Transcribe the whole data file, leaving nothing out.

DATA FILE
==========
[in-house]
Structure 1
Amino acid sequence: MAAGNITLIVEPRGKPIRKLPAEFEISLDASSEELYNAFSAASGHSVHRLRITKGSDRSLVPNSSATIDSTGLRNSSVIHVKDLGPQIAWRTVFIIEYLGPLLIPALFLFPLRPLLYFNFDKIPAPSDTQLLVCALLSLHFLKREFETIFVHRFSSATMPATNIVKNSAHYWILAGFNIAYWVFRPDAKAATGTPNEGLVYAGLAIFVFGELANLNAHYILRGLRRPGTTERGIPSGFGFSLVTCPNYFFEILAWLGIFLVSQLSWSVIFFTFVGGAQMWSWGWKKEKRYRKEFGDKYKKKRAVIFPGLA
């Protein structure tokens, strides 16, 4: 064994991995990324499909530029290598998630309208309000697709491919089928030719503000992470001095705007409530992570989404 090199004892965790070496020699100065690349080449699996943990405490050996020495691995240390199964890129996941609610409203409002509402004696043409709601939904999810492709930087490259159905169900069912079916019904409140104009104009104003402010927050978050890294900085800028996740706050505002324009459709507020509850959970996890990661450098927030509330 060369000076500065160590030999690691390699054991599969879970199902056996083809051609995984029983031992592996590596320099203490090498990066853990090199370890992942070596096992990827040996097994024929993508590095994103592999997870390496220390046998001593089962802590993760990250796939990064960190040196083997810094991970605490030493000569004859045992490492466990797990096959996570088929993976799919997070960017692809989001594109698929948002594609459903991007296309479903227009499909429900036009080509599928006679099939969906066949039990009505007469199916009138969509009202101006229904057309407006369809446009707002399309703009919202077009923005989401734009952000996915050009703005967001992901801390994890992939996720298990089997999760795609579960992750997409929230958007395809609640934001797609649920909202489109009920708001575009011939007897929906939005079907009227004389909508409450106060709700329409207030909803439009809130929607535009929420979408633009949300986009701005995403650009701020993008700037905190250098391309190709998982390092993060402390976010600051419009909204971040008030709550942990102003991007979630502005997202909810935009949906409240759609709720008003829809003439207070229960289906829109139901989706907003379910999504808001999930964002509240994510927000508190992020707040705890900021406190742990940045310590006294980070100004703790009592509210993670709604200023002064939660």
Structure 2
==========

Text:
[in-house]
Structure 1
Amino acid sequence: MAAGNITLIVEPRGKPIRKLPAEFEISLDASSEELYNAFSAASGHSVHRLRITKGSDRSLVPNSSATIDSTGLRNSSVIHVKDLGPQIAWRTVFIIEYLGPLLIPALFLFPLRPLLYFNFDKIPAPSDTQLLVCALLSLHFLKREFETIFVHRFSSATMPATNIVKNSAHYWILAGFNIAYWVFRPDAKAATGTPNEGLVYAGLAIFVFGELANLNAHYILRGLRRPGTTERGIPSGFGFSLVTCPNYFFEILAWLGIFLVSQLSWSVIFFTFVGGAQMWSWGWKKEKRYRKEFGDKYKKKRAVIFPGLA
């Protein structure tokens, strides 16, 4: 064994991995990324499909530029290598998630309208309000697709491919089928030719503000992470001095705007409530992570989404 090199004892965790070496020699100065690349080449699996943990405490050996020495691995240390199964890129996941609610409203409002509402004696043409709601939904999810492709930087490259159905169900069912079916019904409140104009104009104003402010927050978050890294900085800028996740706050505002324009459709507020509850959970996890990661450098927030509330 060369000076500065160590030999690691390699054991599969879970199902056996083809051609995984029983031992592996590596320099203490090498990066853990090199370890992942070596096992990827040996097994024929993508590095994103592999997870390496220390046998001593089962802590993760990250796939990064960190040196083997810094991970605490030493000569004859045992490492466990797990096959996570088929993976799919997070960017692809989001594109698929948002594609459903991007296309479903227009499909429900036009080509599928006679099939969906066949039990009505007469199916009138969509009202101006229904057309407006369809446009707002399309703009919202077009923005989401734009952000996915050009703005967001992901801390994890992939996720298990089997999760795609579960992750997409929230958007395809609640934001797609649920909202489109009920708001575009011939007897929906939005079907009227004389909508409450106060709700329409207030909803439009809130929607535009929420979408633009949300986009701005995403650009701020993008700037905190250098391309190709998982390092993060402390976010600051419009909204971040008030709550942990102003991007979630502005997202909810935009949906409240759609709720008003829809003439207070229960289906829109139901989706907003379910999504808001999930964002509240994510927000508190992020707040705890900021406190742990940045310590006294980070100004703790009592509210993670709604200023002064939660």
Structure 2